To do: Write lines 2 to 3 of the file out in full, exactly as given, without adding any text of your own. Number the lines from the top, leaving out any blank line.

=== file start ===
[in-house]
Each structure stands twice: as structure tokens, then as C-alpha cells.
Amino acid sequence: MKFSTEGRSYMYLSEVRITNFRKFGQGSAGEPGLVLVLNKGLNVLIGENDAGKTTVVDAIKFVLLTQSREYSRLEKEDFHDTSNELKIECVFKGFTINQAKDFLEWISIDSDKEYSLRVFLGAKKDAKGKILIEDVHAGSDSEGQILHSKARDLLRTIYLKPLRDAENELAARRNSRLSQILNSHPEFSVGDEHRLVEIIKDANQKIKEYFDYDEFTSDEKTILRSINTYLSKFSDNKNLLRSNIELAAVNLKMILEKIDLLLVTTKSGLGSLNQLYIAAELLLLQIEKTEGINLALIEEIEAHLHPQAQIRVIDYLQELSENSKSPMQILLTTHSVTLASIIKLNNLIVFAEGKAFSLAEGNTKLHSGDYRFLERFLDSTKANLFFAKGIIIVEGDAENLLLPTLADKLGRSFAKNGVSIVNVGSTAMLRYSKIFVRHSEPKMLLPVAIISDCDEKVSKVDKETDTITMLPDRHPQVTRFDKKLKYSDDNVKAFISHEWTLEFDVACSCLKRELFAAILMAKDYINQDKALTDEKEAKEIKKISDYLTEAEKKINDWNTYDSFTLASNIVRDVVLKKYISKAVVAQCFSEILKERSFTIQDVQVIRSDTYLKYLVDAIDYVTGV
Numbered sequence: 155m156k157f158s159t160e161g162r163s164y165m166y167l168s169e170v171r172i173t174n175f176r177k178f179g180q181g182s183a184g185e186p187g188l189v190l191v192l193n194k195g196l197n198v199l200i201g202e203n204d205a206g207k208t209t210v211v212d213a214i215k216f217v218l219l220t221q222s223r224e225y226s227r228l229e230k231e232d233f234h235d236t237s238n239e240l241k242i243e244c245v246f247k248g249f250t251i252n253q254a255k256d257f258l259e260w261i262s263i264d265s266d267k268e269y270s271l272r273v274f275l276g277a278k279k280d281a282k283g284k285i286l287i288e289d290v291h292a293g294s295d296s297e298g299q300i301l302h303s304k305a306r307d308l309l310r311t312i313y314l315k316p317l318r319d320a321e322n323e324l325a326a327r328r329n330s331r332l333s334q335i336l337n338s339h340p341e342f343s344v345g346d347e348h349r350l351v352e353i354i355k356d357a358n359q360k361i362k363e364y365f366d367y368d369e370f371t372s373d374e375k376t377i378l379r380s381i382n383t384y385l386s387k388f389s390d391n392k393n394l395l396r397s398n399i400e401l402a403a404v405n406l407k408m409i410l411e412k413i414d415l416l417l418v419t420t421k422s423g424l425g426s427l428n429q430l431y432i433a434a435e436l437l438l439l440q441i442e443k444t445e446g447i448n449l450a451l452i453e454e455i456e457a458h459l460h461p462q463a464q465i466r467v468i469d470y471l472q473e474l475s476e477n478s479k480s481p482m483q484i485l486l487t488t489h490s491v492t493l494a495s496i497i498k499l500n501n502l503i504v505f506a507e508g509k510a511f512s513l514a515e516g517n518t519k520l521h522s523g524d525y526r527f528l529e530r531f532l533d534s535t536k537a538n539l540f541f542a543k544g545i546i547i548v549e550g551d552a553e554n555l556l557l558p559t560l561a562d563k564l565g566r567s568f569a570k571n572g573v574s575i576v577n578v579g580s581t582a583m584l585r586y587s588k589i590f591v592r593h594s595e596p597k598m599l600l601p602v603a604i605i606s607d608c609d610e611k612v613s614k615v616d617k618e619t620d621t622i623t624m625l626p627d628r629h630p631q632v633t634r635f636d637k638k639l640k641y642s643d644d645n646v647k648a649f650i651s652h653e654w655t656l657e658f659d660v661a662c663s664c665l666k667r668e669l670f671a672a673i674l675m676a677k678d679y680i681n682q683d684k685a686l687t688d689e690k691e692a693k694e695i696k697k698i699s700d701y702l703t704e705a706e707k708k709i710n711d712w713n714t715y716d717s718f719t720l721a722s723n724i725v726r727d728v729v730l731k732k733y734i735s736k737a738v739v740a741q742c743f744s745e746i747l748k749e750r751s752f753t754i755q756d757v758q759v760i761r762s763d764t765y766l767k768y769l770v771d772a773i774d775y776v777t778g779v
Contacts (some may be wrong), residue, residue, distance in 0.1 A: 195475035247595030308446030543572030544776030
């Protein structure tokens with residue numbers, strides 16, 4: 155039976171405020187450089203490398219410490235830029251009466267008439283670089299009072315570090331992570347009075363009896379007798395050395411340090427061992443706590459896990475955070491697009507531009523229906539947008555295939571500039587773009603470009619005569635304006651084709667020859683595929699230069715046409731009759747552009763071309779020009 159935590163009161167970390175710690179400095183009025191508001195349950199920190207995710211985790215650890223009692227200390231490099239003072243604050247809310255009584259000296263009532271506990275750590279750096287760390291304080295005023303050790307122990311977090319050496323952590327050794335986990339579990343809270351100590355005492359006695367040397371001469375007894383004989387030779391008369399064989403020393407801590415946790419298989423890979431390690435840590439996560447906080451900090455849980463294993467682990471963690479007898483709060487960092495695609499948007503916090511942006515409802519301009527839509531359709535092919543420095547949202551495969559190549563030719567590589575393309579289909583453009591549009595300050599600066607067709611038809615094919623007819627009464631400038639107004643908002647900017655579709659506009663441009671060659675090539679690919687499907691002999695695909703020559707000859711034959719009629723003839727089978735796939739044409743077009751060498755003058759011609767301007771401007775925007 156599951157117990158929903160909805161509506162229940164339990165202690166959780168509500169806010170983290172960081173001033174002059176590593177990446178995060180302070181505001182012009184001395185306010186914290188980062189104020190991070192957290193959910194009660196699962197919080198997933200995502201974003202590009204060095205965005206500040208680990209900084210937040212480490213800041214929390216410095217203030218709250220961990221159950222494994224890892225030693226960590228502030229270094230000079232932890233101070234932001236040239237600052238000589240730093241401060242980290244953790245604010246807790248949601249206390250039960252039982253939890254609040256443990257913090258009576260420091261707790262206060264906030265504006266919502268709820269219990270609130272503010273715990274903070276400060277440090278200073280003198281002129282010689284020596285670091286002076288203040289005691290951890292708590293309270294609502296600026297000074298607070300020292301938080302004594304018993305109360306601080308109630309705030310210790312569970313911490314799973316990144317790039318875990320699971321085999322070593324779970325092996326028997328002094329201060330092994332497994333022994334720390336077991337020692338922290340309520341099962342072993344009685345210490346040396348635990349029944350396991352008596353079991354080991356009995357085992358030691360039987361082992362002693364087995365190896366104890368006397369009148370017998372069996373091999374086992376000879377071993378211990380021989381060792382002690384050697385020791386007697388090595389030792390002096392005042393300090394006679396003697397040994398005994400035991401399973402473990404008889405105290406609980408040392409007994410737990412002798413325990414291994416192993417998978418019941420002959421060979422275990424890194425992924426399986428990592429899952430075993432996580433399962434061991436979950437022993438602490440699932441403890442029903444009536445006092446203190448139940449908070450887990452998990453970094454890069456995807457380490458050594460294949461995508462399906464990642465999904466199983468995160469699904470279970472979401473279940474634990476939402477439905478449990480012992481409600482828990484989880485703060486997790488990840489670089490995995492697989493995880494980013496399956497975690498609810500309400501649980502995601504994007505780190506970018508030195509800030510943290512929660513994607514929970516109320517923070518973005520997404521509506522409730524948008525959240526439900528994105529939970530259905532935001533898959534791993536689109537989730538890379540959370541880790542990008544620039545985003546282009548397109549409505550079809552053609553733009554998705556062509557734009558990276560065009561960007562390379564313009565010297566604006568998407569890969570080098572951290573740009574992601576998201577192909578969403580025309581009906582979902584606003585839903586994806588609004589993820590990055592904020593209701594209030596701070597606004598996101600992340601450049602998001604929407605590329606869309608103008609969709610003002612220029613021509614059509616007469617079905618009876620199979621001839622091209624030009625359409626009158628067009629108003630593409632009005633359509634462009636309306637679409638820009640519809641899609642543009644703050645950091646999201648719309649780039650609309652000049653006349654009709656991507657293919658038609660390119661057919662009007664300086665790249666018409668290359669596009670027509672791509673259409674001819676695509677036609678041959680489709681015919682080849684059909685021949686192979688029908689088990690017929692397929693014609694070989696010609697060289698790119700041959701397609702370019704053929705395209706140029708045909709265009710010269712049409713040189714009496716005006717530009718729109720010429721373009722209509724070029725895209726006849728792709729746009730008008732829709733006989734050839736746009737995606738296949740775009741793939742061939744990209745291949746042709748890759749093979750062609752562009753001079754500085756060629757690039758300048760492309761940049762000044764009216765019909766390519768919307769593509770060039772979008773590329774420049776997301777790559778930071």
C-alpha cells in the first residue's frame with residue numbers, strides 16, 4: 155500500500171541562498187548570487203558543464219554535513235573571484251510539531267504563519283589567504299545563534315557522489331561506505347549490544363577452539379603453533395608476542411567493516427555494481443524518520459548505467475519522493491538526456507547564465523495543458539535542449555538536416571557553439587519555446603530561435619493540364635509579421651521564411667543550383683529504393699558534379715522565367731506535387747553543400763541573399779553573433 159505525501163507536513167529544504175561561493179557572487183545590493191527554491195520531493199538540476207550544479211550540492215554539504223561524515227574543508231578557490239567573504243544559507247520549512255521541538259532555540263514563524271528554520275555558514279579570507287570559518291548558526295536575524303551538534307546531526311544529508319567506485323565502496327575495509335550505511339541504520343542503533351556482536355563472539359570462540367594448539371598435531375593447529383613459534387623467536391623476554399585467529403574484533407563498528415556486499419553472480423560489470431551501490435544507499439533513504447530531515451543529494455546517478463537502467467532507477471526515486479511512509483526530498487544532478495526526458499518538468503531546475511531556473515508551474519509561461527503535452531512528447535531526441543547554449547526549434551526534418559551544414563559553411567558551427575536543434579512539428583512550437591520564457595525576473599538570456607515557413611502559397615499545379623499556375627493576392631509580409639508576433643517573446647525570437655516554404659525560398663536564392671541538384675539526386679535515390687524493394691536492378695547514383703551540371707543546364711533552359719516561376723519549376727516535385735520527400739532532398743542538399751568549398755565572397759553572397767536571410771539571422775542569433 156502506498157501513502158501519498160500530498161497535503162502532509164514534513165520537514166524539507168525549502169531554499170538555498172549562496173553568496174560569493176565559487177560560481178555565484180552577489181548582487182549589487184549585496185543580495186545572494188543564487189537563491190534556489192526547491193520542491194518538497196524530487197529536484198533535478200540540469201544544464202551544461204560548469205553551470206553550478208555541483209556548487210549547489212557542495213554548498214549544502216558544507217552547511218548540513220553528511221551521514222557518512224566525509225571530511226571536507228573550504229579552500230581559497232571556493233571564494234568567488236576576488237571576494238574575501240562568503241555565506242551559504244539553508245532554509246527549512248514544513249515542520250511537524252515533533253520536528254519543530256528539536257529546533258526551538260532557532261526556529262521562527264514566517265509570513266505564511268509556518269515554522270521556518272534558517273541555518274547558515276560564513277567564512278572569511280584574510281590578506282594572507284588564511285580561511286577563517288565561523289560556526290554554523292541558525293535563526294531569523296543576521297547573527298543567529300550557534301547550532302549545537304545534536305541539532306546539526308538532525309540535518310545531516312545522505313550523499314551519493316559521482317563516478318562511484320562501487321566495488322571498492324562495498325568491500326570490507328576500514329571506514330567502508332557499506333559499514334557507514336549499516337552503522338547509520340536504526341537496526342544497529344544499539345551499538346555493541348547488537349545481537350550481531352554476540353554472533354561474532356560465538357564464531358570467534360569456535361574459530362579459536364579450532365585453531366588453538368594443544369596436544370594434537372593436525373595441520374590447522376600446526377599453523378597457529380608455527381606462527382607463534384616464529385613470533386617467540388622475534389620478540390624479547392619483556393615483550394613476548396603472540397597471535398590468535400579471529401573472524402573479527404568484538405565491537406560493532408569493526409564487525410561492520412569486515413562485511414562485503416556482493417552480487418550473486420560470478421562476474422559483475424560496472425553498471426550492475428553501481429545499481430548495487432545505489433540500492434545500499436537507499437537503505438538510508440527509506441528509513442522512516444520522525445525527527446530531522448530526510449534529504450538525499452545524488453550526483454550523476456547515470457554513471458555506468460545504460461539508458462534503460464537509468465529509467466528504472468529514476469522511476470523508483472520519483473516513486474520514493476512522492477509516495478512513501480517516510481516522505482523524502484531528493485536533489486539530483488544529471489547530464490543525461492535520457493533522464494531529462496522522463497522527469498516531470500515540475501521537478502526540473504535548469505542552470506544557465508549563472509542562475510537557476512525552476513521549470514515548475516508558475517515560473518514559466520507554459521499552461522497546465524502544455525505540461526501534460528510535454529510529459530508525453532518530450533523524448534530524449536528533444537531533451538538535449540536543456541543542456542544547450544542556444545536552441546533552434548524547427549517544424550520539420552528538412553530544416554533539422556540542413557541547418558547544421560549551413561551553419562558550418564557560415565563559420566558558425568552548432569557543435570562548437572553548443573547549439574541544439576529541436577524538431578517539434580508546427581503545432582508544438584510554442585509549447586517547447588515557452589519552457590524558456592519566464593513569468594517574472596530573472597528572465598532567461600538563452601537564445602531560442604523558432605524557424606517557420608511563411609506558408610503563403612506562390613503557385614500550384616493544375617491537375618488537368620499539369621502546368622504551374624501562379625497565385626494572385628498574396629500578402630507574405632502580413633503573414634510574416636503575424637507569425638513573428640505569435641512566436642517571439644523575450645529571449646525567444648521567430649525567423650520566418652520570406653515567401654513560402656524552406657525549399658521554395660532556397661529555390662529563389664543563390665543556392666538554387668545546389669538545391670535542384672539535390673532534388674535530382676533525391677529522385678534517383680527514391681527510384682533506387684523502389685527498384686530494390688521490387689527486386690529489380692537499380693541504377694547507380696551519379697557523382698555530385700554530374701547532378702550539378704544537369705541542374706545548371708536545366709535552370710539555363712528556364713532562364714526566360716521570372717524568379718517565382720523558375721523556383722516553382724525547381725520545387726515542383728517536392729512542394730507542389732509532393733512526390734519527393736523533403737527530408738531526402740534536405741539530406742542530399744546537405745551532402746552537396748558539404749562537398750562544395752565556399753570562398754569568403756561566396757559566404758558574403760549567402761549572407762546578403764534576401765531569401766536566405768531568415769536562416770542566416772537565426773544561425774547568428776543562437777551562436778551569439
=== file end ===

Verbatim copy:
Each structure stands twice: as structure tokens, then as C-alpha cells.
Amino acid sequence: MKFSTEGRSYMYLSEVRITNFRKFGQGSAGEPGLVLVLNKGLNVLIGENDAGKTTVVDAIKFVLLTQSREYSRLEKEDFHDTSNELKIECVFKGFTINQAKDFLEWISIDSDKEYSLRVFLGAKKDAKGKILIEDVHAGSDSEGQILHSKARDLLRTIYLKPLRDAENELAARRNSRLSQILNSHPEFSVGDEHRLVEIIKDANQKIKEYFDYDEFTSDEKTILRSINTYLSKFSDNKNLLRSNIELAAVNLKMILEKIDLLLVTTKSGLGSLNQLYIAAELLLLQIEKTEGINLALIEEIEAHLHPQAQIRVIDYLQELSENSKSPMQILLTTHSVTLASIIKLNNLIVFAEGKAFSLAEGNTKLHSGDYRFLERFLDSTKANLFFAKGIIIVEGDAENLLLPTLADKLGRSFAKNGVSIVNVGSTAMLRYSKIFVRHSEPKMLLPVAIISDCDEKVSKVDKETDTITMLPDRHPQVTRFDKKLKYSDDNVKAFISHEWTLEFDVACSCLKRELFAAILMAKDYINQDKALTDEKEAKEIKKISDYLTEAEKKINDWNTYDSFTLASNIVRDVVLKKYISKAVVAQCFSEILKERSFTIQDVQVIRSDTYLKYLVDAIDYVTGV